Should education about vaccination be learning and accepting the views of authorities or should it be learning to think for oneself? There is a crucial tension between these two possibilities.
Vaccination is a public health measure designed to reduce disease. People are given vaccines, which are small amounts of infectious agents, modified so they cannot cause disease, with the aim of stimulating their immune systems and making them immune to full-blown disease. Vaccination is endorsed by nearly all government health authorities and researchers, and is commonly credited with greatly reducing mortality and morbidity from numerous infectious diseases such as polio, measles, pertussis and chickenpox (Ehreth, 2003; Offit & Bell, 2003).
There have long been critics of vaccination. They argue that some people suffer adverse reactions and that there are benefits from natural immunity gained from having infectious diseases in childhood (Cernic, 2018; Habakus & Holland, 2011). In addition, quite a few parents have reservations about vaccination. This is called ‘vaccine hesitancy.’ In 2019, the World Health Organisation declared vaccine hesitancy to be one of the top ten threats to public health. In this clash of viewpoints concerning a matter involving public health, what should be the role of education? On each side, some campaigners believe that individuals, if fully informed, would support their views. If so, then education should provide a solution: everyone, or nearly everyone, would arrive at the correct view, with campaigners on each side seeing their views as the correct ones.
Consider the proponents of vaccination. Some have advocated having respectful conversations with vaccine-hesitant parents, who are encouraged to be aware of the implications of their decisions (Leask et al., 2012). This promises to influence some but not all such parents. Note that this approach is compatible with allowing or encouraging parents to think for themselves.
Asserting a View
On the other hand, some vaccination proponents, disturbed about parents who do not fully support the vaccination of their children, use other methods. One is to assume that vaccine-hesitant parents must have been misled by critics of vaccination. They typically say that people should trust doctors and health officials, thus relying on arguments from authority. Quite a few proponents have analysed websites with information critical of vaccination, under the assumption that this information is misleading parents (e.g., Kata, 2012). They seem to believe that people are susceptible to this ‘dangerous’ information: they cannot be trusted to examine information on both sides of the debate and hence decide to vaccinate their children according to the government schedule.
The next step is censorship. In Australia, pro-vaccination campaigners have attempted to silence critics, for example by discouraging venues from hosting talks by vaccine critics and discouraging mass media from reporting their views (Martin, 2018). There have been pressures put on platforms such as Amazon and Google to reduce the visibility of vaccine-critical views. Some critics have alleged that Google has manipulated searches to reduce the likelihood of coming across alternative health information (Ji, 2019). Censorship signals a distrust of people’s judgement, specifically a fear that they will be unduly influenced by vaccine critics.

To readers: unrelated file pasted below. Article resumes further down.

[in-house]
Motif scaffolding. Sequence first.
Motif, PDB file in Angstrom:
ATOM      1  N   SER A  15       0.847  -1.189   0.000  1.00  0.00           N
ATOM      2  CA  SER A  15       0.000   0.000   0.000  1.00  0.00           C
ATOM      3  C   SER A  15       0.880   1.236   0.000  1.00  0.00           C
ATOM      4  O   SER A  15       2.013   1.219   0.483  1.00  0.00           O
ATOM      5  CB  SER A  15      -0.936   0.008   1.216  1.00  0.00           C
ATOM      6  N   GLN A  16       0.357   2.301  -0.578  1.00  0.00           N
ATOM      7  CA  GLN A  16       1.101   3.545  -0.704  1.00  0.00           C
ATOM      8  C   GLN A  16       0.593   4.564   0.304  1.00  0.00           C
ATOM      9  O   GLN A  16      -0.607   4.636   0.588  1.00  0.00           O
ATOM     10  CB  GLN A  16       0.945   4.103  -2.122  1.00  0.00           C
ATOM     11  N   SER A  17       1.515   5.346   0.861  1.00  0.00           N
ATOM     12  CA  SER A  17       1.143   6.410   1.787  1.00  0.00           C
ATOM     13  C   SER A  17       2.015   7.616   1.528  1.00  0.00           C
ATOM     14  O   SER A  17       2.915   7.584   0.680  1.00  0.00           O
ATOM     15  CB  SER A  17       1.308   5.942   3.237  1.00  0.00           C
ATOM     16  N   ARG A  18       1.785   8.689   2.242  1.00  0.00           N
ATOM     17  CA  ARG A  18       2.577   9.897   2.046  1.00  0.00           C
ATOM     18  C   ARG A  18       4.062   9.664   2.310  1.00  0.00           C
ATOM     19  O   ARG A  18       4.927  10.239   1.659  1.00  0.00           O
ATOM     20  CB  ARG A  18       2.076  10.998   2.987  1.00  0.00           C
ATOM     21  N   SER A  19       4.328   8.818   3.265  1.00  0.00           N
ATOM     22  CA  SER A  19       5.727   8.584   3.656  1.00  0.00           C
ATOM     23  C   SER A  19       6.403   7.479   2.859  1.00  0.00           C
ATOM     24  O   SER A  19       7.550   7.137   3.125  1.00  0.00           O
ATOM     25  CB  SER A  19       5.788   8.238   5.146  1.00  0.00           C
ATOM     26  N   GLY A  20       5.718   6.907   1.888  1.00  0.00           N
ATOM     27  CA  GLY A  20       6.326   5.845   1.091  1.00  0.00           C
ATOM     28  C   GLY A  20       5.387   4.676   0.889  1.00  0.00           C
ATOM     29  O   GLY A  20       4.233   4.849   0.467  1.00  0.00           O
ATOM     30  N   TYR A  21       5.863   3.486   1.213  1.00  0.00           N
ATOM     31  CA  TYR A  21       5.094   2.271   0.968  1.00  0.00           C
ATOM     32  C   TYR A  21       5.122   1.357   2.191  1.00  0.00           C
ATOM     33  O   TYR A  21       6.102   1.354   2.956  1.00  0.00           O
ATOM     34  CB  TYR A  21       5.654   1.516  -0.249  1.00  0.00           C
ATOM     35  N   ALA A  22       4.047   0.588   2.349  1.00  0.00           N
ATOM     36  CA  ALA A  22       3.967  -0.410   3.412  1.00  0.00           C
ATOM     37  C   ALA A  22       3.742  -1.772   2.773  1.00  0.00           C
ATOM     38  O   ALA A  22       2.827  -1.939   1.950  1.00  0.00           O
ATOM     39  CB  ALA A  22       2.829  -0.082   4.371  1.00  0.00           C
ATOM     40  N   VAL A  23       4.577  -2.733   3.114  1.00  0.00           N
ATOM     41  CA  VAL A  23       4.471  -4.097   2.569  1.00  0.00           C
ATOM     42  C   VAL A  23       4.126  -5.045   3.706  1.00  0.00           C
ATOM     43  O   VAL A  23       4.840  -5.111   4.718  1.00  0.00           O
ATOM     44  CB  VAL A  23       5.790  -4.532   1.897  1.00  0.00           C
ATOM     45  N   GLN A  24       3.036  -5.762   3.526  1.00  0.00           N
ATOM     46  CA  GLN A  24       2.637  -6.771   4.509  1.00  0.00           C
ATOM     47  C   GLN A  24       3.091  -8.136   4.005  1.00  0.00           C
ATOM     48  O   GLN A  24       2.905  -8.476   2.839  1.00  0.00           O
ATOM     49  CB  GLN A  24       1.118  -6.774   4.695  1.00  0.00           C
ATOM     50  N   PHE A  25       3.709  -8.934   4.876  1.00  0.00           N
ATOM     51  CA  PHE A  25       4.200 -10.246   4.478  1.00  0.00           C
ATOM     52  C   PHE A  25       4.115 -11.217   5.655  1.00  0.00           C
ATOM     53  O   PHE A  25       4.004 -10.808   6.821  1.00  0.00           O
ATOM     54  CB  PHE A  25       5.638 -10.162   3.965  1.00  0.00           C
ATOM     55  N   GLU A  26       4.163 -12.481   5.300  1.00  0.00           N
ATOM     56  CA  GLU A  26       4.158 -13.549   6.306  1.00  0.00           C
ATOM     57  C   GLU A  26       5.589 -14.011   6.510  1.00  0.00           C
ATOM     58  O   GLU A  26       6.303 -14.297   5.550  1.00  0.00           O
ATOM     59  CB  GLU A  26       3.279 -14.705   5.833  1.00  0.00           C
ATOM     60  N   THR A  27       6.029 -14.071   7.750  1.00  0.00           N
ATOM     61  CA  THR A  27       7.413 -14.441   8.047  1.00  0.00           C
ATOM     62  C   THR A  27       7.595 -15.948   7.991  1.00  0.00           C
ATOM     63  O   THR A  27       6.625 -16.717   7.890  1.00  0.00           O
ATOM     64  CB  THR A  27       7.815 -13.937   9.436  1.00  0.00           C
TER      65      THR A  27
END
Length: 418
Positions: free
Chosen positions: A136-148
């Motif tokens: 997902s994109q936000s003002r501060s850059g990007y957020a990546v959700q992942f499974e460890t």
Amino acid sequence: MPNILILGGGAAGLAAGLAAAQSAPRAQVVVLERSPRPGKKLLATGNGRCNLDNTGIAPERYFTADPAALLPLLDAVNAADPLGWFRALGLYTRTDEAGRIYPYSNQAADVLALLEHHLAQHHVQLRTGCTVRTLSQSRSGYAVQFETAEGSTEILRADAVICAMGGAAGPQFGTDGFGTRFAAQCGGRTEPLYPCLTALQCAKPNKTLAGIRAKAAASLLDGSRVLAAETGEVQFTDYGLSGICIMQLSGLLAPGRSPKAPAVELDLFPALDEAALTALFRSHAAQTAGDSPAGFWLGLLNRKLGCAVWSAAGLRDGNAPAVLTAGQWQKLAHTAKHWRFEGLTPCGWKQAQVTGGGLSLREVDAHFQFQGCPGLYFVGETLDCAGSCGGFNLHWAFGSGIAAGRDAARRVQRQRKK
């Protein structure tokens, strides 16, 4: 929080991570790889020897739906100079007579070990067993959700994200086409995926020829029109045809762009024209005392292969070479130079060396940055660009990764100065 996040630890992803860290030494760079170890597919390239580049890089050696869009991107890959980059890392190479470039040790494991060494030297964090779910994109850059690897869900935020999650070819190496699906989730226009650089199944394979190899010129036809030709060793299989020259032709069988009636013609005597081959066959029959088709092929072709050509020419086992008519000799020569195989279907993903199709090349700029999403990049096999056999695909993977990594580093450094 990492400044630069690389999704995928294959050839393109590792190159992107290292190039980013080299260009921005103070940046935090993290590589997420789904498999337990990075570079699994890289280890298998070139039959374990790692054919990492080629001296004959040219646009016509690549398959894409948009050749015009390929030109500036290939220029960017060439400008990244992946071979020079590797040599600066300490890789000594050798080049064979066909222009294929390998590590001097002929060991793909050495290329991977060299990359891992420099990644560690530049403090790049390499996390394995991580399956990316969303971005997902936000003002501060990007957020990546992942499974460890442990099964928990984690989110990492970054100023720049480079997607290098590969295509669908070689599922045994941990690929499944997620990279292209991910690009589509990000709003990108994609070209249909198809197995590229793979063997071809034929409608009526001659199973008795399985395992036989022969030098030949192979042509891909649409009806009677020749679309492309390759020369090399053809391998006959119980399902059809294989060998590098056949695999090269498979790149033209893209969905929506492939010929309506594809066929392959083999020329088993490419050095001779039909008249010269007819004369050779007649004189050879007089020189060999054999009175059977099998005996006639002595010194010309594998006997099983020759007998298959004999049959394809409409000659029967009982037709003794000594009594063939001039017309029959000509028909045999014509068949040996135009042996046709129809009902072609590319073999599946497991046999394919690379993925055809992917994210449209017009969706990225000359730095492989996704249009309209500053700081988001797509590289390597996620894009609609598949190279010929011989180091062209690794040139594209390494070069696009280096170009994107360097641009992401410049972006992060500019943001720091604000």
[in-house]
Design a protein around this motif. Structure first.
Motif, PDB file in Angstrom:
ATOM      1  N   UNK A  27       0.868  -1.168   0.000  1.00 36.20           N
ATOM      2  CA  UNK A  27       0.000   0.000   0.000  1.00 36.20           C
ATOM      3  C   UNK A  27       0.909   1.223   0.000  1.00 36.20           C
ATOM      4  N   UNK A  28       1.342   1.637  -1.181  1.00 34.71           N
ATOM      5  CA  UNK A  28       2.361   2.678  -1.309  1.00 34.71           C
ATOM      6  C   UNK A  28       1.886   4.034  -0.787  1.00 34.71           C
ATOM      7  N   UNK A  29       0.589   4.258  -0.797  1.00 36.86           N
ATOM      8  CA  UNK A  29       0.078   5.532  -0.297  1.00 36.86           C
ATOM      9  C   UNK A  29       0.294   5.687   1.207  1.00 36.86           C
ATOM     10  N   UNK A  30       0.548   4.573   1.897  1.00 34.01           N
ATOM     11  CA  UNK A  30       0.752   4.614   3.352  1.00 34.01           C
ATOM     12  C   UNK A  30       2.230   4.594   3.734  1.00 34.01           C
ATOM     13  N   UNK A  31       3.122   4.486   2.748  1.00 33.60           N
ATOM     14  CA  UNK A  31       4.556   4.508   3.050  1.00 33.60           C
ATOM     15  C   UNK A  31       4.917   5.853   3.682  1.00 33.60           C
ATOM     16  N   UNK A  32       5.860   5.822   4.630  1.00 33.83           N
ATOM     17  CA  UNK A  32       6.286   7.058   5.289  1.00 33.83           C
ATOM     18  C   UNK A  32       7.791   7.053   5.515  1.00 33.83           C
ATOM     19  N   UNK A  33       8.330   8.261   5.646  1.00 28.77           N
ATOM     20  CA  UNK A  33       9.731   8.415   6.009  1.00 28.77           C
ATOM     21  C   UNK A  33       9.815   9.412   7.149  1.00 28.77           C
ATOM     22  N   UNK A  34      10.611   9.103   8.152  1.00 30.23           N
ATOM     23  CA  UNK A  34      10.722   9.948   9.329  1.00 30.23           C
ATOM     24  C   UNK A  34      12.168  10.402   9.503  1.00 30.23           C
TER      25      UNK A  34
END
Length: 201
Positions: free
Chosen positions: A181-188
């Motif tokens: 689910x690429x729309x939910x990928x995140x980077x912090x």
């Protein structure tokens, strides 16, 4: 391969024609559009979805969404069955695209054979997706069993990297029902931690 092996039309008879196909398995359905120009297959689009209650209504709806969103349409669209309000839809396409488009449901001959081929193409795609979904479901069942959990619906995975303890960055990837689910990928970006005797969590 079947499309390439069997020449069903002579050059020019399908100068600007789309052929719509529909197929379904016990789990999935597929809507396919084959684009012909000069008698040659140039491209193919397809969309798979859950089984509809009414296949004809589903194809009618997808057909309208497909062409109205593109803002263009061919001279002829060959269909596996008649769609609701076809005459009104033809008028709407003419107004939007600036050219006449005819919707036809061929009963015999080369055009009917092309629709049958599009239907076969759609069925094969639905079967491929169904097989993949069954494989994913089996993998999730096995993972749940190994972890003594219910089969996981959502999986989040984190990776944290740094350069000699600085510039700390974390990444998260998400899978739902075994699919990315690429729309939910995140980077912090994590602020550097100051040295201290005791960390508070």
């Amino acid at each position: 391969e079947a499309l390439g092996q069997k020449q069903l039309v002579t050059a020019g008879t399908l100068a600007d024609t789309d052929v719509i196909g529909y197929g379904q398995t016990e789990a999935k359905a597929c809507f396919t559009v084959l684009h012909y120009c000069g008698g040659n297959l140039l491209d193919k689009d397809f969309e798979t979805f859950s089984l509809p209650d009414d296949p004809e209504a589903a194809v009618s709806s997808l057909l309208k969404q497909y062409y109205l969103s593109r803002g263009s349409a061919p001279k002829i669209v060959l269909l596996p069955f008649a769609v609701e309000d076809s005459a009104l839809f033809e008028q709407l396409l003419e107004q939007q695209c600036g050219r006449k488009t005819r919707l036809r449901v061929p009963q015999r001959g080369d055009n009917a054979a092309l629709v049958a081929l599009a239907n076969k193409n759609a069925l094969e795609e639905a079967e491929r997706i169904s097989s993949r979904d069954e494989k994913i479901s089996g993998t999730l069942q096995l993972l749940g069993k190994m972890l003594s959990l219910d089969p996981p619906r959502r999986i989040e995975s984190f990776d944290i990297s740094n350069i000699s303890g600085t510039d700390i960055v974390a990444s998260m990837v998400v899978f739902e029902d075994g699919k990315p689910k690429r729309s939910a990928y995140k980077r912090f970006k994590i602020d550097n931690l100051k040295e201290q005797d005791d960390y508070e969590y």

An alternative approach to information would be to encourage parents to understand the arguments better so they can resist the claims of vaccine critics: parents would thus be inoculated against the critics (Pfau et al., 2007). Following this approach would involve a careful analysis of the critics’ arguments, showing their inadequacies. However, this is seldom done.
In the usual public debates over vaccination, neither side addresses all the other side’s arguments. It is hard to find a single article by a vaccination supporter that summarises and addresses the critics’ main arguments – and vice versa. Instead, each side typically presents its own strongest arguments and attacks the other side’s weakest points (Gargiulo et al., 2020). For example, vaccination supporters hardly ever counter the long-standing observation that death rates from most infectious diseases dropped dramatically before the advent of mass vaccination, a decline usually attributed to improvements in hygiene, sanitation, diet and living standards (McKeown, 1979). Vaccine critics suggest that death rates might have continued declining even without vaccination. Instead, vaccination supporters repeatedly refer to a 1998 study by gastroenterologist Andrew Wakefield and twelve other scientists, saying it has been discredited or is fraudulent. However, concerns about vaccination do not derive only from this study (Largent, 2012, pp. 157–171). The result is that anyone wanting to understand the issues by studying the arguments will have a difficult time, because the two sides do not systematically engage with each other.